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State of the Union: An American’s Post-Mortem of the USMNT in Brazil

The USMNT impressed many with their performances in Brazil. They did well to get out of a tough group and matched Belgium stride for stride in the Round of 16. Phil Baki takes a look at what the USSF and the MLS have to do to “Grow the Game”.


The United States Men’s National Team (USMNT) has returned home from Brazil but the team does so having escaped a very difficult group and pushing Belgium to the very brink in the Round of 16. The buzz that surrounded the team was really unprecedented in the United States. ‘Watch parties’ across the country drew thousands of people, eager to see the Red, White, and Blue succeed at the World’s most prestigious sporting competition. World Cup games drew millions of viewers even beyond the USMNT’s games. People who never gave “soccer” a shot before were now invested in the tournament. So with the 2014 edition of the World Cup being one that was seen as a success for the team and one that captured the imagination of the American public, it is now important to look forward to what this could mean not only for the USMNT but also for football in America in a broader sense.

“He Couldn’t Even Have Dreamt That”

This quote, aptly, came from ESPN commentator Ian Darke after John Anthony Brooks’ stunning late winner against Ghana in the opening game of the Group Stage. Although it turned out that the big German-American defender had dreamt it, the whole tournament had an air of magic about it for the USMNT. Having started the game against Portugal poorly and conceding an early goal, a stunning strike from midfielder Jermaine Jones and a Clint Dempsey goal 8 minutes from time put the USA into the lead against a team led by Cristiano Ronaldo. Despite Ronaldo’s late assist, Portugal’s heavy defeat to Germany and defeat of Ghana on the last day of the Group Stage combined to send the USMNT to the Knockout Rounds.

Next up for the United States was Belgium. While the game was quite remarkable as it went to Extra Time and was a dramatic spectacle in itself, the response in the United States prior to the game was probably more remarkable. Work ground to a halt. Offices across the country saw a combination of people taking long lunches and calling in sick in order to witness the game. The watch parties that had been popular grew even larger with Soldier Field in Chicago playing host to over 25,000 USMNT fans. Football interest in the USA had reached a fever pitch and even people who had been hostile to the sport in the past were being influenced to watch the games. Although the United States lost 2-1, the mood in the USA was largely positive. Many people posted tweets and Facebook statuses that stated their pride in the way the team performed in the tournament and that Americans should take heart in this performance as a good sign for the 2018 World Cup. This is where many football fans in the United States take issue with the American approach to football.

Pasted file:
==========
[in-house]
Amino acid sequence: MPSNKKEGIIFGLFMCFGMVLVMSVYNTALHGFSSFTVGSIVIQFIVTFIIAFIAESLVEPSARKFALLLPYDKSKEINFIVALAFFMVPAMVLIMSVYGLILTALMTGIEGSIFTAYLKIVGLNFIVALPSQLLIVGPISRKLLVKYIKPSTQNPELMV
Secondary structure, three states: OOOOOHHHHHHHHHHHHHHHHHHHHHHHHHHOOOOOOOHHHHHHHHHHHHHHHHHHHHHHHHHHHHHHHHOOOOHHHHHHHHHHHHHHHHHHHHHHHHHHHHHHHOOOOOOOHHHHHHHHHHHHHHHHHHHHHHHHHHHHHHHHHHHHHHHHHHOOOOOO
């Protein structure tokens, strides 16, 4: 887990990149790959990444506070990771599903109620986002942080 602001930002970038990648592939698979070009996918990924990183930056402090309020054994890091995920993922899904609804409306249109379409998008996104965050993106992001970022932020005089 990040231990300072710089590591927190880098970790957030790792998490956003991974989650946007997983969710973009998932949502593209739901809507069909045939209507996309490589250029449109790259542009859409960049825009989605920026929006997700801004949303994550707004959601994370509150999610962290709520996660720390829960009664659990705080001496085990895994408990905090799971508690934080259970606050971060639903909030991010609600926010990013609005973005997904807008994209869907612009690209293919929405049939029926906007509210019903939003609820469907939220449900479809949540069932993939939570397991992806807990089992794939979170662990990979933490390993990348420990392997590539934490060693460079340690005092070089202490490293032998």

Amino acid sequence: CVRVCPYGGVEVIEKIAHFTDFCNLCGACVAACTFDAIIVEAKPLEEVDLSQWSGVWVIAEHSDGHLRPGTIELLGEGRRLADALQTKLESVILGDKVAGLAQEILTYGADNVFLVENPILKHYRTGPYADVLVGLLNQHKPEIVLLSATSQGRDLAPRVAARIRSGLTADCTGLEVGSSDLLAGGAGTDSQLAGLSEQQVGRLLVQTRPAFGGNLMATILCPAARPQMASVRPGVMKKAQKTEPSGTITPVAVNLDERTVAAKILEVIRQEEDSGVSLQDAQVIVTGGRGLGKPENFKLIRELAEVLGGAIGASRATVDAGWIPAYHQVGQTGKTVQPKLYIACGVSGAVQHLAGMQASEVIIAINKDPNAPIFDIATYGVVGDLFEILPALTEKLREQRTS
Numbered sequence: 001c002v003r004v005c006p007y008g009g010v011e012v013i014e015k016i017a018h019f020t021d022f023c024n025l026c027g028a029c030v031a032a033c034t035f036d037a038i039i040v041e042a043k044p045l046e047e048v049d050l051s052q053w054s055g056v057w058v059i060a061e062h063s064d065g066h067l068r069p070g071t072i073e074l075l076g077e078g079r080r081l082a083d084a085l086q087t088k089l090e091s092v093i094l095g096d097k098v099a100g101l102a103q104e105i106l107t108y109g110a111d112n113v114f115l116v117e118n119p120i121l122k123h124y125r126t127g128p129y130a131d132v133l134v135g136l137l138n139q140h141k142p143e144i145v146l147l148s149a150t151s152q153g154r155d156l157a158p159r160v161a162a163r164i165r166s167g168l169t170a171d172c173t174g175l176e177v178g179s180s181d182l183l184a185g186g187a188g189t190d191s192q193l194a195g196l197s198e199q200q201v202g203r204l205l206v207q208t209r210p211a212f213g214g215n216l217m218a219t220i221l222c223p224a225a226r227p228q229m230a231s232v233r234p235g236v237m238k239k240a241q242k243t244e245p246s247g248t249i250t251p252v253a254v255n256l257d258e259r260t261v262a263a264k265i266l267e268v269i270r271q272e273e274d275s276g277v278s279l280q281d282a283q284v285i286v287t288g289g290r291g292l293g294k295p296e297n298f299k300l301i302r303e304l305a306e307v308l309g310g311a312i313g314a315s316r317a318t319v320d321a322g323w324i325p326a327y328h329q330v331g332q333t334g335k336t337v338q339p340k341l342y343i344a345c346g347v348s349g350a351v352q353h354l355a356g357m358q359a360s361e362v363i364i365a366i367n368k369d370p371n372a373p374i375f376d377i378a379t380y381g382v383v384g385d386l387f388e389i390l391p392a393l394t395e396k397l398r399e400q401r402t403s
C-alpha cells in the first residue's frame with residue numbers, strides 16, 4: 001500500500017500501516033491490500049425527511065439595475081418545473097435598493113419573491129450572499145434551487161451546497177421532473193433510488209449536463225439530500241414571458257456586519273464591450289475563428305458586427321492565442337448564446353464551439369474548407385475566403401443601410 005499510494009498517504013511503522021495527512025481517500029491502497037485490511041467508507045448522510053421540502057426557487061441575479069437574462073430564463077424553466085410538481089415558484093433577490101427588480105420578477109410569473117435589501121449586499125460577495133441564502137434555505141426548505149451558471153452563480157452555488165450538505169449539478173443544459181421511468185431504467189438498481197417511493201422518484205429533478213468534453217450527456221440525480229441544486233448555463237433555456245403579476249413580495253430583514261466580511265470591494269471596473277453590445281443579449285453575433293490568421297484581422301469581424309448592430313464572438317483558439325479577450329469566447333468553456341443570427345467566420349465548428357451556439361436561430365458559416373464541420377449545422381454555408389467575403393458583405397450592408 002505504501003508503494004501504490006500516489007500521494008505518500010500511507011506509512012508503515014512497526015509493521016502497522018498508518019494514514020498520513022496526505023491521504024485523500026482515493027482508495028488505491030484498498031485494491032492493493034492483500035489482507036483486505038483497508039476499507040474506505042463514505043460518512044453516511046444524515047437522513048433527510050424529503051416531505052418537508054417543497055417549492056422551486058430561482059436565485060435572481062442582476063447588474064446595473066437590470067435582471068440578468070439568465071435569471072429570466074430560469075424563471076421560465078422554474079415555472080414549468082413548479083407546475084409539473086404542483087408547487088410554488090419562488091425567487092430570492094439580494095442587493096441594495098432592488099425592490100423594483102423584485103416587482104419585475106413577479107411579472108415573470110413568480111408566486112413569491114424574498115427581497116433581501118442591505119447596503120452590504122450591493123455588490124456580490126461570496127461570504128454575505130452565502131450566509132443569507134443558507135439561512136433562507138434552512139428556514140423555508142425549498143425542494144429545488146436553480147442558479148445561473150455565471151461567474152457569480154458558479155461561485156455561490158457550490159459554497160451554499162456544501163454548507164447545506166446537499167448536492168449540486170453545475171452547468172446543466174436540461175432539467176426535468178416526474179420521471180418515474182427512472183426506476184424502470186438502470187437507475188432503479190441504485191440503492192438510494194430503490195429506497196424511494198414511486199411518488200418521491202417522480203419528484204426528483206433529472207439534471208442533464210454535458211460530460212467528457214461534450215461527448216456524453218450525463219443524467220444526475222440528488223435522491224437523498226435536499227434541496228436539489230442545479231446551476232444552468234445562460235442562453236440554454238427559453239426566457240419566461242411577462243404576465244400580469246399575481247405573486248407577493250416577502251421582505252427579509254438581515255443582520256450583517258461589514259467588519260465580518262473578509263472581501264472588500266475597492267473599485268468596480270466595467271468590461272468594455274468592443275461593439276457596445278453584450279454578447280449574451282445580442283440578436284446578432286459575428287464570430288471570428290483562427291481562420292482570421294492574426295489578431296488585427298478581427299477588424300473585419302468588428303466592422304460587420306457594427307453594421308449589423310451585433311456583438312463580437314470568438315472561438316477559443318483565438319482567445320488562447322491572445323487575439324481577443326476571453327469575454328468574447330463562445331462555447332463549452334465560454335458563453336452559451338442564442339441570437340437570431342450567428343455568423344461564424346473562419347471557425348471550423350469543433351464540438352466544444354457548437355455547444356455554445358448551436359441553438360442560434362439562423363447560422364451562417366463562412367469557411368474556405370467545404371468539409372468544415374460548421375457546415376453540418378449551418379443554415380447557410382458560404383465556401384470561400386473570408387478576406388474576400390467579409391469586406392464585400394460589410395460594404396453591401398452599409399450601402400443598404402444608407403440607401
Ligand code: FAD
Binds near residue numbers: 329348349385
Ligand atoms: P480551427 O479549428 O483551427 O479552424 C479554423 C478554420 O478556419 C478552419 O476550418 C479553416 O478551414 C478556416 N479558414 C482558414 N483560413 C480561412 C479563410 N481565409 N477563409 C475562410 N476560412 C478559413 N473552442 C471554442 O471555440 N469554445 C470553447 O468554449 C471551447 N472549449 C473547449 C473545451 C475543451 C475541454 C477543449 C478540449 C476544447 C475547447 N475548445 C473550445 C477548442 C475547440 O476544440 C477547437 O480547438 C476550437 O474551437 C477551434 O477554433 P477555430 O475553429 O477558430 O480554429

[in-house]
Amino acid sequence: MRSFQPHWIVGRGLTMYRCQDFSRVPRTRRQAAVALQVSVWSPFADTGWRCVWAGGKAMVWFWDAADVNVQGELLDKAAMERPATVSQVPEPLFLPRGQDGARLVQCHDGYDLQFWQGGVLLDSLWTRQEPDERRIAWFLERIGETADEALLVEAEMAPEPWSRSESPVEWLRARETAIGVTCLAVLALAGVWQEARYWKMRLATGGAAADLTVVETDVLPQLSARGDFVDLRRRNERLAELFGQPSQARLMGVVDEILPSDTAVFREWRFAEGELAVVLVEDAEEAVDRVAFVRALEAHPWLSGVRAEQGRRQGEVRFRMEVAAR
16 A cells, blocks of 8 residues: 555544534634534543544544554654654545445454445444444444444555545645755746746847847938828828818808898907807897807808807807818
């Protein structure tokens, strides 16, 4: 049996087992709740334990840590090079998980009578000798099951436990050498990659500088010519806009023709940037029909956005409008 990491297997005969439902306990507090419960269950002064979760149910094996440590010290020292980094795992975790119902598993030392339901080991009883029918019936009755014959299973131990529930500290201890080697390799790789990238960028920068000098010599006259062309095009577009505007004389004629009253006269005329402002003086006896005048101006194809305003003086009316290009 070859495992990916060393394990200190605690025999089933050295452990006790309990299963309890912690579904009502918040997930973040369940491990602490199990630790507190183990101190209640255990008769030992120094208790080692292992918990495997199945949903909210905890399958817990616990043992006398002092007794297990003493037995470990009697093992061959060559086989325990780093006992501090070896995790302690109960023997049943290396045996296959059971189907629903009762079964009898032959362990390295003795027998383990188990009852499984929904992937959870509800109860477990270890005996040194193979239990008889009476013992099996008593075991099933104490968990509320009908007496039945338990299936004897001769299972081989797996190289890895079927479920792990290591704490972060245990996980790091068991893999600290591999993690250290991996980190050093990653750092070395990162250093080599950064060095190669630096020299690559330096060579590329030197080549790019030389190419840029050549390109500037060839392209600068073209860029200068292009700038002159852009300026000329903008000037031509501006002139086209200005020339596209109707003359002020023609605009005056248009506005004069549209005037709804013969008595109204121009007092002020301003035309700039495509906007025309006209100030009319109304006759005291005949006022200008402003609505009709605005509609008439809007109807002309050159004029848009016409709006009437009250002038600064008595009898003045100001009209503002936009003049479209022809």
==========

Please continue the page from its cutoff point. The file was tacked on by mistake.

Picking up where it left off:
Back Down to Earth

There is no doubt that many of the fans who watched the World Cup in the United States did so strictly because it is the United States represented in the tournament. This was felt acutely just a couple of days after the United States were knocked out as Major League Soccer returned from it’s World Cup break. July 2nd, the Chicago Fire and Toronto FC clashed just 20 minutes from where 28,000 people had turned out to watch the USA-Belgium match. The game drew an announced attendance of 13,153, about 44% of the capacity of Toyota Park, the Fire’s home stadium. This highlights the issue with football in the United States. When I talk to many of the casual fans who watched the World Cup, they all know about the biggest stars and clubs in the world. When I bring up MLS, many of them laugh it off. This is clearly motivated more by hearsay bias than by actual opinions formulated through watching the matches, but the fact of the matter is that MLS is not taken seriously by much of the American public. MLS has had many excuses made for it in the past with the most likely being that the United States is not a “proper footballing nation.” This excuse may still stand but it is far less supported when you have people turning out in the thousands across the country to watch a football match. MLS, outside of a couple of their franchises, has largely been unable to captivate people with the certainty that the USMNT does at the World Cup.

The main issue I see is that MLS tries to be more like the National Football League or National Basketball Association than it tries to mimic successful football leagues across the world. This signals a disconnect between MLS and football fans in America and, quite frankly, an underestimation of football fans’ passion and understanding of the game. So what can be done in the coming years to remedy this?